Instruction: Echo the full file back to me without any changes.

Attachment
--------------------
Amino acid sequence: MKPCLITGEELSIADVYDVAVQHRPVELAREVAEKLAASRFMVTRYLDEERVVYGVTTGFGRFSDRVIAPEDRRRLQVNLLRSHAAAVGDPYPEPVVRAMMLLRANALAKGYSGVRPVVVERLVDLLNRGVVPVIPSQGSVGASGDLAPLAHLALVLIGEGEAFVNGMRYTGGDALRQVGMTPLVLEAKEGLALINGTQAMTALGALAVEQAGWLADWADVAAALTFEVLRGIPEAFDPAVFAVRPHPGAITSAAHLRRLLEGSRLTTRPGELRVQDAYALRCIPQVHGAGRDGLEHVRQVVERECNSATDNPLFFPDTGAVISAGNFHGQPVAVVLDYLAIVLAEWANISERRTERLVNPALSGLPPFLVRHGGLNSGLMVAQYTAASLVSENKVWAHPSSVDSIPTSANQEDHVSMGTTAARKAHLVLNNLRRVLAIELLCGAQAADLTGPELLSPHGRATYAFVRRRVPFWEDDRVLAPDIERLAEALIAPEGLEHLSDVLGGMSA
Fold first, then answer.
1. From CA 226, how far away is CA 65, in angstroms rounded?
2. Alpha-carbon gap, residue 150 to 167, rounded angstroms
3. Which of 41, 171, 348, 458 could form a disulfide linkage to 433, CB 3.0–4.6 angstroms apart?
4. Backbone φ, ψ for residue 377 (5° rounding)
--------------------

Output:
Amino acid sequence: MKPCLITGEELSIADVYDVAVQHRPVELAREVAEKLAASRFMVTRYLDEERVVYGVTTGFGRFSDRVIAPEDRRRLQVNLLRSHAAAVGDPYPEPVVRAMMLLRANALAKGYSGVRPVVVERLVDLLNRGVVPVIPSQGSVGASGDLAPLAHLALVLIGEGEAFVNGMRYTGGDALRQVGMTPLVLEAKEGLALINGTQAMTALGALAVEQAGWLADWADVAAALTFEVLRGIPEAFDPAVFAVRPHPGAITSAAHLRRLLEGSRLTTRPGELRVQDAYALRCIPQVHGAGRDGLEHVRQVVERECNSATDNPLFFPDTGAVISAGNFHGQPVAVVLDYLAIVLAEWANISERRTERLVNPALSGLPPFLVRHGGLNSGLMVAQYTAASLVSENKVWAHPSSVDSIPTSANQEDHVSMGTTAARKAHLVLNNLRRVLAIELLCGAQAADLTGPELLSPHGRATYAFVRRRVPFWEDDRVLAPDIERLAEALIAPEGLEHLSDVLGGMSA
Fold first, then answer.
1. From CA 226, how far away is CA 65, in angstroms rounded?
2. Alpha-carbon gap, residue 150 to 167, rounded angstroms
3. Which of 41, 171, 348, 458 could form a disulfide linkage to 433, CB 3.0–4.6 angstroms apart?
4. Backbone φ, ψ for residue 377 (5° rounding)